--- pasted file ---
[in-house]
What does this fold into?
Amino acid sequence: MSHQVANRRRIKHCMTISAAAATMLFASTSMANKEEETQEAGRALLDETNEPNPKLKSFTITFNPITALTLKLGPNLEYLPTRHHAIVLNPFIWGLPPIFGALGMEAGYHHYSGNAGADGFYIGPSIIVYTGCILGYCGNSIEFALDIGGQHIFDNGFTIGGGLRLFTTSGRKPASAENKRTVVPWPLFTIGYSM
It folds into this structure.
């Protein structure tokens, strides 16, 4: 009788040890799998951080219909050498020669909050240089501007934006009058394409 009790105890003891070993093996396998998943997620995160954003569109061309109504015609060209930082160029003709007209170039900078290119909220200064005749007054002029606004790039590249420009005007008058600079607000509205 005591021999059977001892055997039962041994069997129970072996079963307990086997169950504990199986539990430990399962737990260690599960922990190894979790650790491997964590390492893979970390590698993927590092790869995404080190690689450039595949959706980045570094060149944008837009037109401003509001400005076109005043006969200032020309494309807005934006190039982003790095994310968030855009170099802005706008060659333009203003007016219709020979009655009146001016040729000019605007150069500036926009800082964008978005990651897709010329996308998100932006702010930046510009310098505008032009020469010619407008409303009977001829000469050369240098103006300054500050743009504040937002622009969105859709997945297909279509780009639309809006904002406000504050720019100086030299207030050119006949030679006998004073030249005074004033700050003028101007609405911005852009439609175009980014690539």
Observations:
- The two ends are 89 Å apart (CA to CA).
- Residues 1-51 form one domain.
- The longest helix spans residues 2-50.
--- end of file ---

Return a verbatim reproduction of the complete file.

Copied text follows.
[in-house]
What does this fold into?
Amino acid sequence: MSHQVANRRRIKHCMTISAAAATMLFASTSMANKEEETQEAGRALLDETNEPNPKLKSFTITFNPITALTLKLGPNLEYLPTRHHAIVLNPFIWGLPPIFGALGMEAGYHHYSGNAGADGFYIGPSIIVYTGCILGYCGNSIEFALDIGGQHIFDNGFTIGGGLRLFTTSGRKPASAENKRTVVPWPLFTIGYSM
It folds into this structure.
């Protein structure tokens, strides 16, 4: 009788040890799998951080219909050498020669909050240089501007934006009058394409 009790105890003891070993093996396998998943997620995160954003569109061309109504015609060209930082160029003709007209170039900078290119909220200064005749007054002029606004790039590249420009005007008058600079607000509205 005591021999059977001892055997039962041994069997129970072996079963307990086997169950504990199986539990430990399962737990260690599960922990190894979790650790491997964590390492893979970390590698993927590092790869995404080190690689450039595949959706980045570094060149944008837009037109401003509001400005076109005043006969200032020309494309807005934006190039982003790095994310968030855009170099802005706008060659333009203003007016219709020979009655009146001016040729000019605007150069500036926009800082964008978005990651897709010329996308998100932006702010930046510009310098505008032009020469010619407008409303009977001829000469050369240098103006300054500050743009504040937002622009969105859709997945297909279509780009639309809006904002406000504050720019100086030299207030050119006949030679006998004073030249005074004033700050003028101007609405911005852009439609175009980014690539």
Observations:
- The two ends are 89 Å apart (CA to CA).
- Residues 1-51 form one domain.
- The longest helix spans residues 2-50.